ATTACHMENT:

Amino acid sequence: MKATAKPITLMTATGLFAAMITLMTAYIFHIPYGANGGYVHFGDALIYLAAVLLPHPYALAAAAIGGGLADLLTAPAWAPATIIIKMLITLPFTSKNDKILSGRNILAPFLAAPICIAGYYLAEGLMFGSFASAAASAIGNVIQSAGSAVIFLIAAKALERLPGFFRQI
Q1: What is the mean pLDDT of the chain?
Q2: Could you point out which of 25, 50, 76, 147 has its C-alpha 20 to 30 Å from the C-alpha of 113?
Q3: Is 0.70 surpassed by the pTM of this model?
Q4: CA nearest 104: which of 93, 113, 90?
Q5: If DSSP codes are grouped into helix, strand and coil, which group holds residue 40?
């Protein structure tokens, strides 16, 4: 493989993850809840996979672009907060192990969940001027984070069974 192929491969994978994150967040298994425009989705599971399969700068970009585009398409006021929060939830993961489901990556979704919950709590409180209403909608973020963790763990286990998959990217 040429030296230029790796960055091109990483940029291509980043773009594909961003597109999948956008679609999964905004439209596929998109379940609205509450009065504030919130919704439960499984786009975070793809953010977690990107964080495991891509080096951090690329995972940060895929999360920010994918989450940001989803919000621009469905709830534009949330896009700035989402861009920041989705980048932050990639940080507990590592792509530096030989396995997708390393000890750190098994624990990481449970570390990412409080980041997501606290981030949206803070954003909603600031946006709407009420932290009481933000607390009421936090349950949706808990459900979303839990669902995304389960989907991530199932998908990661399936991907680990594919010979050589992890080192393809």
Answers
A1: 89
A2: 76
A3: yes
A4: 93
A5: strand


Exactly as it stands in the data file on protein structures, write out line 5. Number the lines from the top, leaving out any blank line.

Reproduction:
Q4: CA nearest 104: which of 93, 113, 90?